The generic SCSI feature gives the guest operating system direct access to SCSI devices that are connected to the host system, including scanners, tape drives, and other data storage devices. A virtual machine can use the generic SCSI driver to run any SCSI device that is supported by the guest operating system.

To use SCSI devices in a virtual machine running on a Windows host system, you must run Workstation Player as a user who has administrator access.

On Linux host systems, you must have read and write permissions on a given generic SCSI device to use that device in a virtual machine, even if the device is a read-only device, such as a CD-ROM drive. These devices typically default to root-only permissions. A Linux administrator can create a group that has read and write access to these devices and add the appropriate users to that group.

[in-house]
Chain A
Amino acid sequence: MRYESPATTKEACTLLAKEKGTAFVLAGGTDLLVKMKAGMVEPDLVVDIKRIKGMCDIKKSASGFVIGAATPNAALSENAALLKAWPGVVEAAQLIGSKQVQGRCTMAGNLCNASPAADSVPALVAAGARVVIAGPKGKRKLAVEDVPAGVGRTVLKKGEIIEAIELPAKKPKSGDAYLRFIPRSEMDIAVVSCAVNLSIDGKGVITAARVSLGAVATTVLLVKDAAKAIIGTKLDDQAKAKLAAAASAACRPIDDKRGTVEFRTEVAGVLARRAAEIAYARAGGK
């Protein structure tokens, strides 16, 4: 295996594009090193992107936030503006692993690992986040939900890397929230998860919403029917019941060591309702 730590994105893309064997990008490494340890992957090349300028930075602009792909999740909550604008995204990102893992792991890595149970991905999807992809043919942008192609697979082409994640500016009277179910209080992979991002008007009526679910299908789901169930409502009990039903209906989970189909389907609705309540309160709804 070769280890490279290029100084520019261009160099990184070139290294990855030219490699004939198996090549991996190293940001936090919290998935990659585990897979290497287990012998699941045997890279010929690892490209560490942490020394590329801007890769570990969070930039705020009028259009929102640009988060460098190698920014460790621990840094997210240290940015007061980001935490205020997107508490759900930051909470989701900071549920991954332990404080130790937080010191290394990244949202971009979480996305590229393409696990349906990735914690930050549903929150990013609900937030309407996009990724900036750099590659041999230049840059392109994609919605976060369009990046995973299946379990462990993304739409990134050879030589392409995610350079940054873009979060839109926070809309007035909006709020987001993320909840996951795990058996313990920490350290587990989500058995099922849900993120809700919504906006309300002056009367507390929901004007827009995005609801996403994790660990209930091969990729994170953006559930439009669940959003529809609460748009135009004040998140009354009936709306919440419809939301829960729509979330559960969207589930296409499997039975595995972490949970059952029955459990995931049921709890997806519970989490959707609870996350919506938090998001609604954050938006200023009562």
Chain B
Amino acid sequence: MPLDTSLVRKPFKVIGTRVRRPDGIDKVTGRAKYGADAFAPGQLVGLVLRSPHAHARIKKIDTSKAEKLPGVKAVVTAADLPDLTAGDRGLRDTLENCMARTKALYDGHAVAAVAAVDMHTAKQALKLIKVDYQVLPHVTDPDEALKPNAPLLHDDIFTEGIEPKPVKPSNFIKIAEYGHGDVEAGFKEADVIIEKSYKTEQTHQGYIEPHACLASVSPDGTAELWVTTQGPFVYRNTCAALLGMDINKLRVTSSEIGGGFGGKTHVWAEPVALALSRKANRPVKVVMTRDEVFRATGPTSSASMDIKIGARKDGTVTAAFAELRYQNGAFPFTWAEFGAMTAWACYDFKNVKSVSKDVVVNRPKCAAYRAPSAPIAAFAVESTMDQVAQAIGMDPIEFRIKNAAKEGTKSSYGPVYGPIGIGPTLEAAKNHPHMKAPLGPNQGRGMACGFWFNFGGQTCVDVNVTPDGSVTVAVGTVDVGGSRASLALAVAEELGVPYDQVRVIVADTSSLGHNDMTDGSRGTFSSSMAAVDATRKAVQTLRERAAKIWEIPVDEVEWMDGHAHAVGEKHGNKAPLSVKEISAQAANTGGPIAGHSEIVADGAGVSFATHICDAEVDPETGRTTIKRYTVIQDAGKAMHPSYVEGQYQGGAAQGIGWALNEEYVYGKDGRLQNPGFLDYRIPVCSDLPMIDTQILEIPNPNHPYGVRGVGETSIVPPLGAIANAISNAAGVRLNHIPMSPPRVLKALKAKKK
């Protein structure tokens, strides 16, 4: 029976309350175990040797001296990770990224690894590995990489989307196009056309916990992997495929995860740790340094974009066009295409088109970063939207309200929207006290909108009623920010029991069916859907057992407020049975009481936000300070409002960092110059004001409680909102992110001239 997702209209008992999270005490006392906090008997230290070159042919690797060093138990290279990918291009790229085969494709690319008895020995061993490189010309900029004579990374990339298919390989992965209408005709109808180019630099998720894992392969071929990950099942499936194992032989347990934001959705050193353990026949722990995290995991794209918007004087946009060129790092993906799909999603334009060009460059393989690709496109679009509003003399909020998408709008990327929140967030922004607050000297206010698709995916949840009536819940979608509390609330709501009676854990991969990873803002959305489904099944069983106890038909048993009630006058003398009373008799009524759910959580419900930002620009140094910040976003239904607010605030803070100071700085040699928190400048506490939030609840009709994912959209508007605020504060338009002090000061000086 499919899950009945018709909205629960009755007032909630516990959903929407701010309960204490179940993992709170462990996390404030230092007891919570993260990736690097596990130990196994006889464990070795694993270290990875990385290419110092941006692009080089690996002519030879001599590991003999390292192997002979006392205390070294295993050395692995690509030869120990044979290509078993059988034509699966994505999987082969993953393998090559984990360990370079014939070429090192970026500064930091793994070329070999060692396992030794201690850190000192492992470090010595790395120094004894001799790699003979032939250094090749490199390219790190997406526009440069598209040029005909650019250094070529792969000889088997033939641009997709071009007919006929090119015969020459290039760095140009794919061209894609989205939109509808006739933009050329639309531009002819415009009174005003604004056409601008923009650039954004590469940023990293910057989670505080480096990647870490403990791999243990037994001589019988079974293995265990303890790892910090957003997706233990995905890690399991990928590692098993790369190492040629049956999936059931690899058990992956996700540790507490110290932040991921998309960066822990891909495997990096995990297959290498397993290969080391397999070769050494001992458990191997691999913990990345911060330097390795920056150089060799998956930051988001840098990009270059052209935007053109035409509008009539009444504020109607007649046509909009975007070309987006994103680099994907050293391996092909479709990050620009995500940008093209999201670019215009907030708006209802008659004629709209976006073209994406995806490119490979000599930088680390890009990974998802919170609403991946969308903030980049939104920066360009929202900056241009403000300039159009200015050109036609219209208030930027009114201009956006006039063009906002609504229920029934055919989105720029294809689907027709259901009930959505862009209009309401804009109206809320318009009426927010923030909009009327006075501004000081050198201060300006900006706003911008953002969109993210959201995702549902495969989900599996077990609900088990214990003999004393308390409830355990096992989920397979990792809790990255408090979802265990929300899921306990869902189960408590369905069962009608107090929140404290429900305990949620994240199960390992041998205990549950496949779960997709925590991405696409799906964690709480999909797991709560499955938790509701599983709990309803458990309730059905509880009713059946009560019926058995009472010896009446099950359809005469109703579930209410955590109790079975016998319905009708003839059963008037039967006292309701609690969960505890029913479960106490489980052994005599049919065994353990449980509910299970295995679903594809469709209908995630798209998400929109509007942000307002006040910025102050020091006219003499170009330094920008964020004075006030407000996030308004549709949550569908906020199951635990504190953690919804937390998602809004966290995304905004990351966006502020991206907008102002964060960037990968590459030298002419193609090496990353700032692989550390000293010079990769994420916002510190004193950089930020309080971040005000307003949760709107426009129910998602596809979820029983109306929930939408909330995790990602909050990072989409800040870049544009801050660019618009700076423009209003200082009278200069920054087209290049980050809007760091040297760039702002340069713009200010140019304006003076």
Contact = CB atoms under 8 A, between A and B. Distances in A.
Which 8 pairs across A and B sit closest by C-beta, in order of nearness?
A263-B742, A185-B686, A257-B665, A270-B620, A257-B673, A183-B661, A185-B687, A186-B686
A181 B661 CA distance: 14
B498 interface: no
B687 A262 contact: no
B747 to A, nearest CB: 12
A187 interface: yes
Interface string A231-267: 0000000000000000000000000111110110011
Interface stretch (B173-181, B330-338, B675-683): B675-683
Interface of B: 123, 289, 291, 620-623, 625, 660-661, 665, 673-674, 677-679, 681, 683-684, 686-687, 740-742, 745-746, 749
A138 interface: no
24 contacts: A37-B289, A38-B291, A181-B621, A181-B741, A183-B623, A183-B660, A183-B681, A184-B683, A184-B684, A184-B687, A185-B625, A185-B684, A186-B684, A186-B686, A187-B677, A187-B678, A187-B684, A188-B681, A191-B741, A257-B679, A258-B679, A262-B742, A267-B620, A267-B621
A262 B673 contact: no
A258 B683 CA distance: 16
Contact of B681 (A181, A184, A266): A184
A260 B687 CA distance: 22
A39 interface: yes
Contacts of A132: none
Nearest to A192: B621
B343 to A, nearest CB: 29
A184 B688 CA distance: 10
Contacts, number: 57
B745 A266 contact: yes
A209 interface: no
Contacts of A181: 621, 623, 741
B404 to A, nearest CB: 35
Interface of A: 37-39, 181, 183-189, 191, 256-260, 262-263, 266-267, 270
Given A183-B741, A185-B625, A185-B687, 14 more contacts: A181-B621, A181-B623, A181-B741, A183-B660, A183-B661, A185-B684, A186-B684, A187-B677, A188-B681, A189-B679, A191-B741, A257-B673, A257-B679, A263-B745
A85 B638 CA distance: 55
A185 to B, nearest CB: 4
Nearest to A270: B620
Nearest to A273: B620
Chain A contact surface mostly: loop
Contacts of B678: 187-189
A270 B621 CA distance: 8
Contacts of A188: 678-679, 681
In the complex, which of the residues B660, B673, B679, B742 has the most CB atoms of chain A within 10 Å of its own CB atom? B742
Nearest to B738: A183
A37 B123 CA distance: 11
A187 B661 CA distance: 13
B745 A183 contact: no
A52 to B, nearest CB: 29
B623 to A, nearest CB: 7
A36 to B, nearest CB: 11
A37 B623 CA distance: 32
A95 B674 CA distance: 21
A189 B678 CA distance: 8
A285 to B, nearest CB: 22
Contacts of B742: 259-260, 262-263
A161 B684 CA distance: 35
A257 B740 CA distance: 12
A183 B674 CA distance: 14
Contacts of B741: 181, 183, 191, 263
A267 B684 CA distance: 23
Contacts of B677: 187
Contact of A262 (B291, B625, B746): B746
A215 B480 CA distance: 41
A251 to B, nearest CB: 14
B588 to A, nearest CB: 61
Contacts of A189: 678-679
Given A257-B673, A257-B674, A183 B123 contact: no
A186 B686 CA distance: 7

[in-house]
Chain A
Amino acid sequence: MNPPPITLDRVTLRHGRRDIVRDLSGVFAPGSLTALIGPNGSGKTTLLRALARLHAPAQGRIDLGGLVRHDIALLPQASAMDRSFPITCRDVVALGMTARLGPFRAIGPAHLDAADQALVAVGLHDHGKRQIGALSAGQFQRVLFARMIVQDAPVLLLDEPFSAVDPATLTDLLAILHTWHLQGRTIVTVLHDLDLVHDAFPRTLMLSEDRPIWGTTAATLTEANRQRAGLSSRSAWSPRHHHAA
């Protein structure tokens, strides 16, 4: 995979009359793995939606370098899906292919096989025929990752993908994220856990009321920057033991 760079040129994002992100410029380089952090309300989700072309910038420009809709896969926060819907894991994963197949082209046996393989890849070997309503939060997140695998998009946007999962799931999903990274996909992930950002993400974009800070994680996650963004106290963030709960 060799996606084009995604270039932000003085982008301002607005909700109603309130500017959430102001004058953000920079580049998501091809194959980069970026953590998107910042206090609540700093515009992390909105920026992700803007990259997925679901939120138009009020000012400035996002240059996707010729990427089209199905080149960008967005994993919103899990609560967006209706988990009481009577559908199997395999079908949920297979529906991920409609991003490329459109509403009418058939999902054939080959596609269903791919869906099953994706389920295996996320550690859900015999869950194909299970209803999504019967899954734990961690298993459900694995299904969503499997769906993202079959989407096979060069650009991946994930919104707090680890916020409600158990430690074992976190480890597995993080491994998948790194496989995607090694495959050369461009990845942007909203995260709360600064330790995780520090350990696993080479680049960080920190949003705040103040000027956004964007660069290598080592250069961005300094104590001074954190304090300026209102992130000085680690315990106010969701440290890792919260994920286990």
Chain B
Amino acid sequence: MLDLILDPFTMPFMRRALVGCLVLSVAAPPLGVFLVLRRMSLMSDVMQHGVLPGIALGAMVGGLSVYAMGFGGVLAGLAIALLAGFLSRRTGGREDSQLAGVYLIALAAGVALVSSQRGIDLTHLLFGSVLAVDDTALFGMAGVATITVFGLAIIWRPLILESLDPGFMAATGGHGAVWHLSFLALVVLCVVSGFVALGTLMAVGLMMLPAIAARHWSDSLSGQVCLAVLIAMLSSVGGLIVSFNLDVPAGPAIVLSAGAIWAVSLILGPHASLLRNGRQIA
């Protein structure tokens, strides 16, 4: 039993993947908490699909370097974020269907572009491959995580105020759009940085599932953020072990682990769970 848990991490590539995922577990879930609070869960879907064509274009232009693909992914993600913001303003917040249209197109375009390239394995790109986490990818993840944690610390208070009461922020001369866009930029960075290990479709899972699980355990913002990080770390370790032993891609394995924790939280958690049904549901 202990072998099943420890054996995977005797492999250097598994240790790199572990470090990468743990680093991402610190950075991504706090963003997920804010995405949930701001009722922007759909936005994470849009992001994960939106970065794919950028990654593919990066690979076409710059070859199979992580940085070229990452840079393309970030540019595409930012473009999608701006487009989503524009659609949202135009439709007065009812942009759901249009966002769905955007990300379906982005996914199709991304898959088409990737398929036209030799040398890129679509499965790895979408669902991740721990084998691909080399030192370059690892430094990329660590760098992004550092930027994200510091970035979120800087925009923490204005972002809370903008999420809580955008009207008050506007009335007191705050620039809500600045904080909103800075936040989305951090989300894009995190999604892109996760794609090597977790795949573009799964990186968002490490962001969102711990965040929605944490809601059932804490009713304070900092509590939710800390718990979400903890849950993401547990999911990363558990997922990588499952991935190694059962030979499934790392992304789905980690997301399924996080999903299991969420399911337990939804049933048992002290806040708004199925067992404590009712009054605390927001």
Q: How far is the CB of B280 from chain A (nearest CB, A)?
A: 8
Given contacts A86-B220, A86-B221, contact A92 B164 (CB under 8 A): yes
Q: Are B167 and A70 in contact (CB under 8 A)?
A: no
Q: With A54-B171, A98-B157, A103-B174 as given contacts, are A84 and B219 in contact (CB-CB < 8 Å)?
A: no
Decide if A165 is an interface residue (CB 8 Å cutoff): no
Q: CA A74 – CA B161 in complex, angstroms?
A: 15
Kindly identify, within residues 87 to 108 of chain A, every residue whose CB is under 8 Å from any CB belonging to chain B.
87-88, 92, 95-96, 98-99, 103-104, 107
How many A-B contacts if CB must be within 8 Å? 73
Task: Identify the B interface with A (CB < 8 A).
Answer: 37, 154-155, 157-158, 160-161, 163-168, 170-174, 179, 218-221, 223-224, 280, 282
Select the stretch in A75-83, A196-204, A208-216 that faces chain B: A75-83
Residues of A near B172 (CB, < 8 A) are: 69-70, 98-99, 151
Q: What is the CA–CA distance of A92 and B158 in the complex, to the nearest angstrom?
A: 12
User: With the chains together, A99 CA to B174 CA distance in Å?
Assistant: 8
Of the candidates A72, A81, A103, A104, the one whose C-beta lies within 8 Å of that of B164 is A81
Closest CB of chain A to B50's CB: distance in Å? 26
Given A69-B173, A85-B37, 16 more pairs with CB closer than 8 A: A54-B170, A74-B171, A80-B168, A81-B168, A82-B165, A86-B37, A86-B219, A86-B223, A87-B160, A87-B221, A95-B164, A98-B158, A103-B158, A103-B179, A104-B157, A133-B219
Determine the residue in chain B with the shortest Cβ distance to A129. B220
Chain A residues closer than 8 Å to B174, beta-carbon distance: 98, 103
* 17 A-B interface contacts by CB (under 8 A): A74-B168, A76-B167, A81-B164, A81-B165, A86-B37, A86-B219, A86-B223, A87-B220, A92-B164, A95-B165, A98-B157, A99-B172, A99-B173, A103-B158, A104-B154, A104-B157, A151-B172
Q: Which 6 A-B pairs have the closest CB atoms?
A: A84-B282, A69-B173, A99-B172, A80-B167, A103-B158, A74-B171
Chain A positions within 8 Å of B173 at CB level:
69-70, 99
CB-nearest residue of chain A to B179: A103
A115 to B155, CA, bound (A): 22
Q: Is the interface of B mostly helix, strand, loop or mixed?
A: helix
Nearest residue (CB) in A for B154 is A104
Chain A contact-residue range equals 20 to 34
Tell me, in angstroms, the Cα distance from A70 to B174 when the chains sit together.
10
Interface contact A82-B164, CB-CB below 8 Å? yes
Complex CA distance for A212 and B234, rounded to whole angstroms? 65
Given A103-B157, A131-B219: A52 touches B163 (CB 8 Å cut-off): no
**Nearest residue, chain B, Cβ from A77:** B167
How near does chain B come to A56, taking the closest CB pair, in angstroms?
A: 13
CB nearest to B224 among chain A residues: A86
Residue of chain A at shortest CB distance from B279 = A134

Although generic SCSI is device independent, it can be sensitive to the guest operating system, device class, and specific SCSI hardware.